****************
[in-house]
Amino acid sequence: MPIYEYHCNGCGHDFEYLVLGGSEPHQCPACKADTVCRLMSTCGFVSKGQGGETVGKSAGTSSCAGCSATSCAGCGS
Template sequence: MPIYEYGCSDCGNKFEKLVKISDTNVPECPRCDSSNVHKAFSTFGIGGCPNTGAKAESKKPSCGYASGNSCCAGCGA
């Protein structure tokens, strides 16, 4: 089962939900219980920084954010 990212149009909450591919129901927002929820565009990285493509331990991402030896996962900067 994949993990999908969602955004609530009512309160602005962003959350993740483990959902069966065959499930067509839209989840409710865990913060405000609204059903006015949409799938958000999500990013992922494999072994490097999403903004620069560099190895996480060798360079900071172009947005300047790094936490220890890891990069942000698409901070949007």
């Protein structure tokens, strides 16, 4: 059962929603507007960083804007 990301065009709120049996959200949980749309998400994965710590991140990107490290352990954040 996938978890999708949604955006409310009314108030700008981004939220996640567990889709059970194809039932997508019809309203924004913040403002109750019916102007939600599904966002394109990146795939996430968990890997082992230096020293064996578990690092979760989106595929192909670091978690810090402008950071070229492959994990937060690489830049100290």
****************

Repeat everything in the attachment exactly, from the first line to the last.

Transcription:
[in-house]
Amino acid sequence: MPIYEYHCNGCGHDFEYLVLGGSEPHQCPACKADTVCRLMSTCGFVSKGQGGETVGKSAGTSSCAGCSATSCAGCGS
Template sequence: MPIYEYGCSDCGNKFEKLVKISDTNVPECPRCDSSNVHKAFSTFGIGGCPNTGAKAESKKPSCGYASGNSCCAGCGA
């Protein structure tokens, strides 16, 4: 089962939900219980920084954010 990212149009909450591919129901927002929820565009990285493509331990991402030896996962900067 994949993990999908969602955004609530009512309160602005962003959350993740483990959902069966065959499930067509839209989840409710865990913060405000609204059903006015949409799938958000999500990013992922494999072994490097999403903004620069560099190895996480060798360079900071172009947005300047790094936490220890890891990069942000698409901070949007």
């Protein structure tokens, strides 16, 4: 059962929603507007960083804007 990301065009709120049996959200949980749309998400994965710590991140990107490290352990954040 996938978890999708949604955006409310009314108030700008981004939220996640567990889709059970194809039932997508019809309203924004913040403002109750019916102007939600599904966002394109990146795939996430968990890997082992230096020293064996578990690092979760989106595929192909670091978690810090402008950071070229492959994990937060690489830049100290």